China's high farm production costs stem from high land rents, incompatibility of fragmented fields with mechanized farming, and tenants' disincentive to make long-term investments, according to a recent article in Economic Information Daily.
The article zooms in on bottlenecks in a countryside set up for small-scale subsistence farming that are "strangling" the competitiveness of newly commercialized Chinese farmers caught between the "floor" of rising production costs and the "ceiling" of low prices for imported commodities. The director of a government grain-buying station in Jiangxi Province identifies high costs as the root problem that keeps Chinese farmers from being internationally competitive. "If we don't address this problem, the volume of grain imports will be hard to reduce," he warns.
The director of rice producers cooperative in Jiangxi said land rent of 350 yuan per mu per crop --farmers here commonly grow two rice crops per year -- is the largest component of production cost for rice. Taking into account the local yield, the the 850-yuan production cost translates to a break-even price of 2 yuan per kg for paddy rice. That translates to a price for milled rice of roughly $450 per metric ton at the current exchange rate. That price is slightly higher than the average value of China's imports of rice from Vietnam during October 2016.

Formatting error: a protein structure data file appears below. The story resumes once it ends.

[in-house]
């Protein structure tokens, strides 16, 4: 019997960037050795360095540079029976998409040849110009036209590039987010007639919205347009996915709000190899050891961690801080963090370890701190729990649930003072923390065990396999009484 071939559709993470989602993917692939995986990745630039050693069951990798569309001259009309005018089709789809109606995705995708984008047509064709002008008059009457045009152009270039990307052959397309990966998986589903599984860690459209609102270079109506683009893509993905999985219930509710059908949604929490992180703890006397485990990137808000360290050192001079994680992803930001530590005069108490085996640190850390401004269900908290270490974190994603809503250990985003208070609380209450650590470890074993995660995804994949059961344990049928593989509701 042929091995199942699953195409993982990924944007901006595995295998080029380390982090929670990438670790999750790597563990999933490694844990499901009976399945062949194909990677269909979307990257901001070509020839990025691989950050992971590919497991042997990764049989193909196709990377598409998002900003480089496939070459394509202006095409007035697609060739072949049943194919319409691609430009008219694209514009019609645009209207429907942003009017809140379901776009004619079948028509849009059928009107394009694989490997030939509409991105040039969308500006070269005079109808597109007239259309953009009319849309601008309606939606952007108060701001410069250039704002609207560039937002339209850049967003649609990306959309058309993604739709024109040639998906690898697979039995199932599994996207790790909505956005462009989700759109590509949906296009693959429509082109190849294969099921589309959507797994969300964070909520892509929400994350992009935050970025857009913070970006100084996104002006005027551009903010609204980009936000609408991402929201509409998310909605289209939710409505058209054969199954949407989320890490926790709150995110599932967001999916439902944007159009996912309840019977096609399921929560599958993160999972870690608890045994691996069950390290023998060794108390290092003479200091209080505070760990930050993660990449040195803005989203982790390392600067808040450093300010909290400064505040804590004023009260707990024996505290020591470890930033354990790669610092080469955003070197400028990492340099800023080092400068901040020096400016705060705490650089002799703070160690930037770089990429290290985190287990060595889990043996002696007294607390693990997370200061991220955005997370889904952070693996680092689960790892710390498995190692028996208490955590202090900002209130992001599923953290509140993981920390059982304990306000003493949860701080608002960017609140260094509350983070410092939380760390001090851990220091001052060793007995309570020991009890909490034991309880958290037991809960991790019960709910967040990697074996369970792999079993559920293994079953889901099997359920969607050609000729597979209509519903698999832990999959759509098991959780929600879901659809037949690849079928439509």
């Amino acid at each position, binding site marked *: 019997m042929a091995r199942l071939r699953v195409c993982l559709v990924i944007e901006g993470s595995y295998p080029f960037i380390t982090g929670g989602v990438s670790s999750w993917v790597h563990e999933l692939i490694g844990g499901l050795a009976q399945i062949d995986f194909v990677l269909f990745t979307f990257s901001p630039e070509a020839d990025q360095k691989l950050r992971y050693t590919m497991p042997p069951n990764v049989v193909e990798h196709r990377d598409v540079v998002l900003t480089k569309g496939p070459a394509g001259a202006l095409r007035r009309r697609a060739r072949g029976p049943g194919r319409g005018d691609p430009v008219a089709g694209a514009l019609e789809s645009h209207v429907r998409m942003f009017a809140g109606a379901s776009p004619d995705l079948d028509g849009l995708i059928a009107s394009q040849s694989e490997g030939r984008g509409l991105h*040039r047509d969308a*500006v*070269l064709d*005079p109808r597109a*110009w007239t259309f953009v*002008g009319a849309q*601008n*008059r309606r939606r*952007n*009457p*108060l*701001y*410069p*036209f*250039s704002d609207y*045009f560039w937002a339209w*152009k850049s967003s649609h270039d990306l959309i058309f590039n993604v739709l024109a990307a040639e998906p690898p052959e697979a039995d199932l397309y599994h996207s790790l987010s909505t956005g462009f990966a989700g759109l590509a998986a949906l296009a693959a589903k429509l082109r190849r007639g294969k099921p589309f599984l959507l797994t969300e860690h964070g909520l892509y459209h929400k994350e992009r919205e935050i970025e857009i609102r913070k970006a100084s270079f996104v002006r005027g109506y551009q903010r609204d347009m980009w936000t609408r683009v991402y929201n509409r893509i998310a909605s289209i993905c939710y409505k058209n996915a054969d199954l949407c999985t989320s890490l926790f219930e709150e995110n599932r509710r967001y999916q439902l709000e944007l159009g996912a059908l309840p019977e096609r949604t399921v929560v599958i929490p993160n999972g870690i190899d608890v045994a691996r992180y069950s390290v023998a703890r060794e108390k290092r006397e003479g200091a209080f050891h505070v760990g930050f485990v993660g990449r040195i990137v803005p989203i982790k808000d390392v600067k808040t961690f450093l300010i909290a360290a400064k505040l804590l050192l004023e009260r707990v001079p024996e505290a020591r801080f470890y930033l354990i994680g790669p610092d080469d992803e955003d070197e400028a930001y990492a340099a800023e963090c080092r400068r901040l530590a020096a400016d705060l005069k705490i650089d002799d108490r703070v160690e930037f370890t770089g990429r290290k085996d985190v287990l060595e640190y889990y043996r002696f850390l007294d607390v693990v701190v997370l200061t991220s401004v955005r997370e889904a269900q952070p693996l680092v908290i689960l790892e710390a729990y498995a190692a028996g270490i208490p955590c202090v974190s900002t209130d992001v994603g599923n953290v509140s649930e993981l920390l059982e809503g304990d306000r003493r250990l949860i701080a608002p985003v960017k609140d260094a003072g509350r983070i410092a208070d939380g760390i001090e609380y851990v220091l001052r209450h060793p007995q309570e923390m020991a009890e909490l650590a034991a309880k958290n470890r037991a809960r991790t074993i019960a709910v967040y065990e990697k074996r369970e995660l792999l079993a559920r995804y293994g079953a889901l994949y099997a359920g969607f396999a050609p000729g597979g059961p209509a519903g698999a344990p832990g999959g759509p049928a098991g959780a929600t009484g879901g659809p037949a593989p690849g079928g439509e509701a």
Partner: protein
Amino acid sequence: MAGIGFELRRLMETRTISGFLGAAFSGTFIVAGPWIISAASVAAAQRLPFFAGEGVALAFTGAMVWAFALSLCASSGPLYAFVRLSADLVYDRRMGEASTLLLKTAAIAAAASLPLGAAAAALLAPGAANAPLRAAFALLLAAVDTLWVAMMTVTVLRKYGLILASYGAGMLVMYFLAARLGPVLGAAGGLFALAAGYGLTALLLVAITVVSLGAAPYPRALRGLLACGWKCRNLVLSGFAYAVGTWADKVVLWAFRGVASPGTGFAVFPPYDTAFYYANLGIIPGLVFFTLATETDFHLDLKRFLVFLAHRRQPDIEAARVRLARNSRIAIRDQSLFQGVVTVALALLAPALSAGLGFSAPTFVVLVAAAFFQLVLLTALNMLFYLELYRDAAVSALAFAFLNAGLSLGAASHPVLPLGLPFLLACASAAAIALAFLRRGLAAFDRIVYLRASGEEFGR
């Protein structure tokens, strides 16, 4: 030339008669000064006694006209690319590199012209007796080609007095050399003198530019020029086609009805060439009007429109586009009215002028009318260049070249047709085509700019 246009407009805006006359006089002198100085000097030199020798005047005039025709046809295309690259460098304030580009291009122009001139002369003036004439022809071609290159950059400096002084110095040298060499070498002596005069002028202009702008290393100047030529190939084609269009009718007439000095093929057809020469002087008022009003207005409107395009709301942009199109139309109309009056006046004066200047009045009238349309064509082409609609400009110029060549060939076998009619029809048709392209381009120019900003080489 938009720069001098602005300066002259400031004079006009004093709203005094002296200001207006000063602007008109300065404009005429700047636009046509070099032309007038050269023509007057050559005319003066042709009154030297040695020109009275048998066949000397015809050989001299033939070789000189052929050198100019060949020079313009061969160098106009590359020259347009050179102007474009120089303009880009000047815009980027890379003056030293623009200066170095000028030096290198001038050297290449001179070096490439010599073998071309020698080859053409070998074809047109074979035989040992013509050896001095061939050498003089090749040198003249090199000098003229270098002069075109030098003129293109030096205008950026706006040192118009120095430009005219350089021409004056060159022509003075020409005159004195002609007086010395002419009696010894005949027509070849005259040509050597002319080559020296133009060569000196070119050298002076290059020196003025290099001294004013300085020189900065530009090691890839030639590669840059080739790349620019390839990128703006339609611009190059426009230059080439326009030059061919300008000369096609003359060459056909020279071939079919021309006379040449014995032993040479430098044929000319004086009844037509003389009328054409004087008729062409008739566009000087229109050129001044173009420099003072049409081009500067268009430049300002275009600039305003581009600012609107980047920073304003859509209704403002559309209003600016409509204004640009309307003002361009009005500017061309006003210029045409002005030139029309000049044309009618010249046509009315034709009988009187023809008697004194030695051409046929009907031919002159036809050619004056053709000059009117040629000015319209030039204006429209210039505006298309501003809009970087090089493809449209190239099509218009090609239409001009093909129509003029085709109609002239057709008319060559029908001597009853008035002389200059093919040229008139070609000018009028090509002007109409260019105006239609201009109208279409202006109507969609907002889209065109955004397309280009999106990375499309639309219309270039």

The Jiangxi Province production cost survey estimated the rice production cost at 958 yuan per mu, but their estimate of land cost was only 150 yuan. The production cost survey estimated that farmers' profit was only 113 yuan per mu, down 26.7% from last year.
The cost survey team in Jiangxi's Fuzhou County estimated the rent for good quality land at 700 yuan per mu (about $250 per acre at the current exchange rate). The Fuzhou team attributed the high rental to competition for a limited supply of good land due to "blind" investment in commercial scale farming by some farmers and outside investors. A local agricultural official in Anhui Province's Taihe County estimated local land rent at 800-1000 yuan per mu ($287-$359/acre), which he described as "exceeding farmers' expectations."
In Quanjiao County of Anhui Province, a provincial agricultural official estimated that the cost of planting a winter wheat crop followed by rice costs 1700 yuan per mu to produce. At minimum prices for both crops and taking into account average yields, he estimates the "profit" at 150-200 yuan per mu.